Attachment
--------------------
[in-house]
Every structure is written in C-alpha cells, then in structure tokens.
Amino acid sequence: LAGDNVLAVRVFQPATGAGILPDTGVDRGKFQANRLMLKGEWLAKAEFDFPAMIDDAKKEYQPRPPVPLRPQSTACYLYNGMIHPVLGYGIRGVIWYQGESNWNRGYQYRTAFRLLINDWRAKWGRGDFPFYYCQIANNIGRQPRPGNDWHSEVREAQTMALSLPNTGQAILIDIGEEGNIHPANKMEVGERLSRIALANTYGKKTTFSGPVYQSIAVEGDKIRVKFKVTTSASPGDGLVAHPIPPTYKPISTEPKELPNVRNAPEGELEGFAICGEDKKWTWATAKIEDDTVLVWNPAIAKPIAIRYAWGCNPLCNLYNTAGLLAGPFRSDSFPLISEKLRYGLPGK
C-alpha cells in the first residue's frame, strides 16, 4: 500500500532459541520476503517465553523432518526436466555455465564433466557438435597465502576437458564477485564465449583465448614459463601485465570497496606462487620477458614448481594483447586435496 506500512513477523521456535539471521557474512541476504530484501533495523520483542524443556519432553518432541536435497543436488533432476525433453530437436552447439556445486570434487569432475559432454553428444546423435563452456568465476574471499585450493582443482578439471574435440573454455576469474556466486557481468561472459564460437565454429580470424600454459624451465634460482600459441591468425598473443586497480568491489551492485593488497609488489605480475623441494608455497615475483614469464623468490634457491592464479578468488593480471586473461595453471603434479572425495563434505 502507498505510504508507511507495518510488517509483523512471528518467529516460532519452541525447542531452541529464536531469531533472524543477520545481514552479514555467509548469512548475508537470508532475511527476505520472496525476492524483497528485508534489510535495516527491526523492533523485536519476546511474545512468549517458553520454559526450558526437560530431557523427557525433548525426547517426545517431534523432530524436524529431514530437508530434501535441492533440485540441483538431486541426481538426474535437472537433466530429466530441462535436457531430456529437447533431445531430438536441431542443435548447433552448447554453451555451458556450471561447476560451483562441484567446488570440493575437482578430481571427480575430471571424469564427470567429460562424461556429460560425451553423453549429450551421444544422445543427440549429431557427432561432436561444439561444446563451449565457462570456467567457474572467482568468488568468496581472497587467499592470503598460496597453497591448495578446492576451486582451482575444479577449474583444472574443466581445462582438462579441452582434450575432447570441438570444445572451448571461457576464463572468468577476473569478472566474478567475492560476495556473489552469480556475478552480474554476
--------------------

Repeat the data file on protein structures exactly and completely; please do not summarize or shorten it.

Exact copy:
[in-house]
Every structure is written in C-alpha cells, then in structure tokens.
Amino acid sequence: LAGDNVLAVRVFQPATGAGILPDTGVDRGKFQANRLMLKGEWLAKAEFDFPAMIDDAKKEYQPRPPVPLRPQSTACYLYNGMIHPVLGYGIRGVIWYQGESNWNRGYQYRTAFRLLINDWRAKWGRGDFPFYYCQIANNIGRQPRPGNDWHSEVREAQTMALSLPNTGQAILIDIGEEGNIHPANKMEVGERLSRIALANTYGKKTTFSGPVYQSIAVEGDKIRVKFKVTTSASPGDGLVAHPIPPTYKPISTEPKELPNVRNAPEGELEGFAICGEDKKWTWATAKIEDDTVLVWNPAIAKPIAIRYAWGCNPLCNLYNTAGLLAGPFRSDSFPLISEKLRYGLPGK
C-alpha cells in the first residue's frame, strides 16, 4: 500500500532459541520476503517465553523432518526436466555455465564433466557438435597465502576437458564477485564465449583465448614459463601485465570497496606462487620477458614448481594483447586435496 506500512513477523521456535539471521557474512541476504530484501533495523520483542524443556519432553518432541536435497543436488533432476525433453530437436552447439556445486570434487569432475559432454553428444546423435563452456568465476574471499585450493582443482578439471574435440573454455576469474556466486557481468561472459564460437565454429580470424600454459624451465634460482600459441591468425598473443586497480568491489551492485593488497609488489605480475623441494608455497615475483614469464623468490634457491592464479578468488593480471586473461595453471603434479572425495563434505 502507498505510504508507511507495518510488517509483523512471528518467529516460532519452541525447542531452541529464536531469531533472524543477520545481514552479514555467509548469512548475508537470508532475511527476505520472496525476492524483497528485508534489510535495516527491526523492533523485536519476546511474545512468549517458553520454559526450558526437560530431557523427557525433548525426547517426545517431534523432530524436524529431514530437508530434501535441492533440485540441483538431486541426481538426474535437472537433466530429466530441462535436457531430456529437447533431445531430438536441431542443435548447433552448447554453451555451458556450471561447476560451483562441484567446488570440493575437482578430481571427480575430471571424469564427470567429460562424461556429460560425451553423453549429450551421444544422445543427440549429431557427432561432436561444439561444446563451449565457462570456467567457474572467482568468488568468496581472497587467499592470503598460496597453497591448495578446492576451486582451482575444479577449474583444472574443466581445462582438462579441452582434450575432447570441438570444445572451448571461457576464463572468468577476473569478472566474478567475492560476495556473489552469480556475478552480474554476